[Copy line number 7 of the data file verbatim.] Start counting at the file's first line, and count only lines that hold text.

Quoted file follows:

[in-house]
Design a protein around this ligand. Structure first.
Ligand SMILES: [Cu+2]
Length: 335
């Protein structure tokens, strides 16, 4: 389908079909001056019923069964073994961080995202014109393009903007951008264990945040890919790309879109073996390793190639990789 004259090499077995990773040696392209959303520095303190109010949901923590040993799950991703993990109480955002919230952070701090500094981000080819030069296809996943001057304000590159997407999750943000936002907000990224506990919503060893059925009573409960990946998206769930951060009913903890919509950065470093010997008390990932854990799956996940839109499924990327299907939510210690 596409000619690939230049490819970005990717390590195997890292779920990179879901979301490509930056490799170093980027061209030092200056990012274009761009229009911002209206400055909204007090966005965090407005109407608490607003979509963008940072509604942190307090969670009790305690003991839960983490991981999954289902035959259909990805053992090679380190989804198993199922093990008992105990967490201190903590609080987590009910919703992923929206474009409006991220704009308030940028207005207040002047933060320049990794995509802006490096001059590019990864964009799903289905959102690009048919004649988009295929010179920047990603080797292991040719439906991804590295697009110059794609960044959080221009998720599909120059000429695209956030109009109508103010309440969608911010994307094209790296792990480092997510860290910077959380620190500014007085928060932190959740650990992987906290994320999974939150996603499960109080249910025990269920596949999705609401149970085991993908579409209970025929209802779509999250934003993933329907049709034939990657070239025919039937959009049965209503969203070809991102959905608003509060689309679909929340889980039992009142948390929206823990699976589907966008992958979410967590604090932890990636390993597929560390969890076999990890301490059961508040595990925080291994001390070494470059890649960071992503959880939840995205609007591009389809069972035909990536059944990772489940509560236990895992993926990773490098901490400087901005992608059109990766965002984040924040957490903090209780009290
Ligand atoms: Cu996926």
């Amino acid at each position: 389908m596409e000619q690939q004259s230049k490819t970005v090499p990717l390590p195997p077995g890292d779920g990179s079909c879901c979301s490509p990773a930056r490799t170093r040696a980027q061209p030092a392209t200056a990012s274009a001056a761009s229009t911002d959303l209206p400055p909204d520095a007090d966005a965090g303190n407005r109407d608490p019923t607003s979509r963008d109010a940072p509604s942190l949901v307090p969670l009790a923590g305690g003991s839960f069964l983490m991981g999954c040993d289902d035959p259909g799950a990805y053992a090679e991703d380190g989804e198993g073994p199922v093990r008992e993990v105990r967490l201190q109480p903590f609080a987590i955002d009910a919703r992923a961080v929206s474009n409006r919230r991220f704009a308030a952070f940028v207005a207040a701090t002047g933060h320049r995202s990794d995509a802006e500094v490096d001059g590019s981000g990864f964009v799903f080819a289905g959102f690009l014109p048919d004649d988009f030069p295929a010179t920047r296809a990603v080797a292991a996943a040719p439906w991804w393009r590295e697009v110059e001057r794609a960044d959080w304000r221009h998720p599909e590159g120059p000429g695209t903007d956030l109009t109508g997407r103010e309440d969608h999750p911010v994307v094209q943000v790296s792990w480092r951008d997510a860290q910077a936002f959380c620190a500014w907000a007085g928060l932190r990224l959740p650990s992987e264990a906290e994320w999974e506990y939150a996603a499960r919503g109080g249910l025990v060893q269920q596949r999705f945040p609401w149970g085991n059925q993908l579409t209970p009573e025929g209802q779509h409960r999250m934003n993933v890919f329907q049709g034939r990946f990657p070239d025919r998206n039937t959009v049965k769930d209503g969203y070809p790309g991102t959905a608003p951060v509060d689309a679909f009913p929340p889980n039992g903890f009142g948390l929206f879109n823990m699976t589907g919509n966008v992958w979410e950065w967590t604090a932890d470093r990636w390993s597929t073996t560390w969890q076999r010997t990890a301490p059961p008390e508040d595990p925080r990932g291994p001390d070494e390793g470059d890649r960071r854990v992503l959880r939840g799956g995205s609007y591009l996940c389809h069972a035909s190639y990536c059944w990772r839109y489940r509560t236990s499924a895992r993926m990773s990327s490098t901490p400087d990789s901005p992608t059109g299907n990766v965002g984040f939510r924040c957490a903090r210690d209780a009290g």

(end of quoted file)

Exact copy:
């Amino acid at each position: 389908m596409e000619q690939q004259s230049k490819t970005v090499p990717l390590p195997p077995g890292d779920g990179s079909c879901c979301s490509p990773a930056r490799t170093r040696a980027q061209p030092a392209t200056a990012s274009a001056a761009s229009t911002d959303l209206p400055p909204d520095a007090d966005a965090g303190n407005r109407d608490p019923t607003s979509r963008d109010a940072p509604s942190l949901v307090p969670l009790a923590g305690g003991s839960f069964l983490m991981g999954c040993d289902d035959p259909g799950a990805y053992a090679e991703d380190g989804e198993g073994p199922v093990r008992e993990v105990r967490l201190q109480p903590f609080a987590i955002d009910a919703r992923a961080v929206s474009n409006r919230r991220f704009a308030a952070f940028v207005a207040a701090t002047g933060h320049r995202s990794d995509a802006e500094v490096d001059g590019s981000g990864f964009v799903f080819a289905g959102f690009l014109p048919d004649d988009f030069p295929a010179t920047r296809a990603v080797a292991a996943a040719p439906w991804w393009r590295e697009v110059e001057r794609a960044d959080w304000r221009h998720p599909e590159g120059p000429g695209t903007d956030l109009t109508g997407r103010e309440d969608h999750p911010v994307v094209q943000v790296s792990w480092r951008d997510a860290q910077a936002f959380c620190a500014w907000a007085g928060l932190r990224l959740p650990s992987e264990a906290e994320w999974e506990y939150a996603a499960r919503g109080g249910l025990v060893q269920q596949r999705f945040p609401w149970g085991n059925q993908l579409t209970p009573e025929g209802q779509h409960r999250m934003n993933v890919f329907q049709g034939r990946f990657p070239d025919r998206n039937t959009v049965k769930d209503g969203y070809p790309g991102t959905a608003p951060v509060d689309a679909f009913p929340p889980n039992g903890f009142g948390l929206f879109n823990m699976t589907g919509n966008v992958w979410e950065w967590t604090a932890d470093r990636w390993s597929t073996t560390w969890q076999r010997t990890a301490p059961p008390e508040d595990p925080r990932g291994p001390d070494e390793g470059d890649r960071r854990v992503l959880r939840g799956g995205s609007y591009l996940c389809h069972a035909s190639y990536c059944w990772r839109y489940r509560t236990s499924a895992r993926m990773s990327s490098t901490p400087d990789s901005p992608t059109g299907n990766v965002g984040f939510r924040c957490a903090r210690d209780a009290g």